Understanding the 60-30-10 Rule

By: Levi Santiago

In improving the aesthetic of your house in order to turn it from just any other proper to the safe haven that you call your home, interior design is an aspect of house organization that must not be overlooked. This is where the usefulness of the 60-30-10 rule comes into play to achieve a balanced color palette or balanced color scheme.

What Is the 60-30-10 Rule?

The 60-30-10 rule is purposed for creating visual balance in a room through the use of colors. With the “rule of thirds” as the basis, the numbers in 60-30-10 refer to proportions (60%, 30%, 10%) in which the sum of the three makes up 100%.

For example, a room in a Cavite house and lot is divided into 60-30-10 as reference. 60% of a room is the large spaces within the room, such as the floor, walls, and ceiling. The 30% comprise the notable features of the room such as furniture, carpets, and the wood trim that line the doors, windows, walls, and the like. The 10% are the smaller decorations and ornaments, such as paintings, vases, and the like. Given this, the 60-30-10 is applied to the use of colors in a room.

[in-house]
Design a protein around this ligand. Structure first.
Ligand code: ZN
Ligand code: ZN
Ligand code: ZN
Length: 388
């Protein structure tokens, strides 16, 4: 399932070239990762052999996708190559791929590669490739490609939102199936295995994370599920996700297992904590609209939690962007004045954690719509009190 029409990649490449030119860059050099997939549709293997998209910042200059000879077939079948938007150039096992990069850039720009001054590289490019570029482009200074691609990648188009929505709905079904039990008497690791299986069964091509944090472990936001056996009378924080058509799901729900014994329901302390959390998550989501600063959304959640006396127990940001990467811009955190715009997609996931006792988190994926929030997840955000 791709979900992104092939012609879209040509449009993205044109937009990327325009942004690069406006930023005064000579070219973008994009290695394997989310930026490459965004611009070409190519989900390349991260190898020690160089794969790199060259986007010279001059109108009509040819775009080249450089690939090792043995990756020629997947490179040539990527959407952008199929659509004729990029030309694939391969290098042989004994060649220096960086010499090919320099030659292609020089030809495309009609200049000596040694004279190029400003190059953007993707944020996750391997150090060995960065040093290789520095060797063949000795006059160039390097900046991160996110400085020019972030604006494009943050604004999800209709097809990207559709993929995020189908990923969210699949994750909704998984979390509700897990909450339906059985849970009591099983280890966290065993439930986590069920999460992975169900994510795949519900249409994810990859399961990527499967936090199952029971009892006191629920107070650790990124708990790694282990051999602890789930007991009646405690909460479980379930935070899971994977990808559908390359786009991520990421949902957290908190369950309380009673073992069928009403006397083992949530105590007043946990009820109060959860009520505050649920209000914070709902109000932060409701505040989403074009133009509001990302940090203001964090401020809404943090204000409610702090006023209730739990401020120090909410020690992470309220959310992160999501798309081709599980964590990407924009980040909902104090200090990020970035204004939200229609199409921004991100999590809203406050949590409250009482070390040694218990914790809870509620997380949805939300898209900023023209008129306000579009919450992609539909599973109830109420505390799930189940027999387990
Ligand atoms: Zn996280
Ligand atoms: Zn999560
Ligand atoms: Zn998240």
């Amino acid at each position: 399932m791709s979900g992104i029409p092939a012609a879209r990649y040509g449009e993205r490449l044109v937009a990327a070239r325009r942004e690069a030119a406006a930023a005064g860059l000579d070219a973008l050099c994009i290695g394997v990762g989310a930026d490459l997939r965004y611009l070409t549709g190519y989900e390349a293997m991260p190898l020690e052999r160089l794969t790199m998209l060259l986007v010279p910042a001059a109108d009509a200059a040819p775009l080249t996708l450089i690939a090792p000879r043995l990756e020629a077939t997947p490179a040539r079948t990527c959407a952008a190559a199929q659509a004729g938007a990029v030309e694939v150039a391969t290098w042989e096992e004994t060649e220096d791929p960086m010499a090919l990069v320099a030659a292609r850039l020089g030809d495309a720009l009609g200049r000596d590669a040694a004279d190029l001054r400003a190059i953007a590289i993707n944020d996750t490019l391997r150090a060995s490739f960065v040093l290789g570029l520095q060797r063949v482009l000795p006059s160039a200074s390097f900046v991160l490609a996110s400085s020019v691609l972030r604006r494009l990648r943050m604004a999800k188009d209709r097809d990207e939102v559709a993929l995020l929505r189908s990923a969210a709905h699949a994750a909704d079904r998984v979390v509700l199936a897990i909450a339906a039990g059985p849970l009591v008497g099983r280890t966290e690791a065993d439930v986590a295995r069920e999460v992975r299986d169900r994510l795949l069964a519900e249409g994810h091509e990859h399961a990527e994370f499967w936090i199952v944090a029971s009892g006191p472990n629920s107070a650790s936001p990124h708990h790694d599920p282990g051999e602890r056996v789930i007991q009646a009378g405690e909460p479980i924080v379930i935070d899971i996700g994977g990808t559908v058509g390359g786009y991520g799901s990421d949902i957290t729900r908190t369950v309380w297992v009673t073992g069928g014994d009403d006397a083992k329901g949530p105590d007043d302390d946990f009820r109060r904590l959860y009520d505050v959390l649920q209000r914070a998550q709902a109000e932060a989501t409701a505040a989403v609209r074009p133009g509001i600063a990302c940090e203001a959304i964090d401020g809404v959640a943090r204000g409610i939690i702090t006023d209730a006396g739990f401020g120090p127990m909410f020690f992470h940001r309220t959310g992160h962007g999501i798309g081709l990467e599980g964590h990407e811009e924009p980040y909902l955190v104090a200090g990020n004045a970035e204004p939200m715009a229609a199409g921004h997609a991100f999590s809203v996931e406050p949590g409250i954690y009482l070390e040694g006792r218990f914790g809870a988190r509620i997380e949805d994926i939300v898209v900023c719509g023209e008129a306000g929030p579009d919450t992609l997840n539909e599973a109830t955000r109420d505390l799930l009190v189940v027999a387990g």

How Is the 60-30-10 Rule Used in Relation to Colors in Interior Design?

Using the previous analogy as a reference, 60% of a room, which comprises the biggest parts of the room, will have a dominant color that “anchors” the space of the room. Typically, the dominant color will be present on the wall color and floor all throughout the room, like one in a Cavite house and lot. Larger furniture and carpets may be included as well. The 60% in this context will be the dominant color from which you will build the color palette of the room on.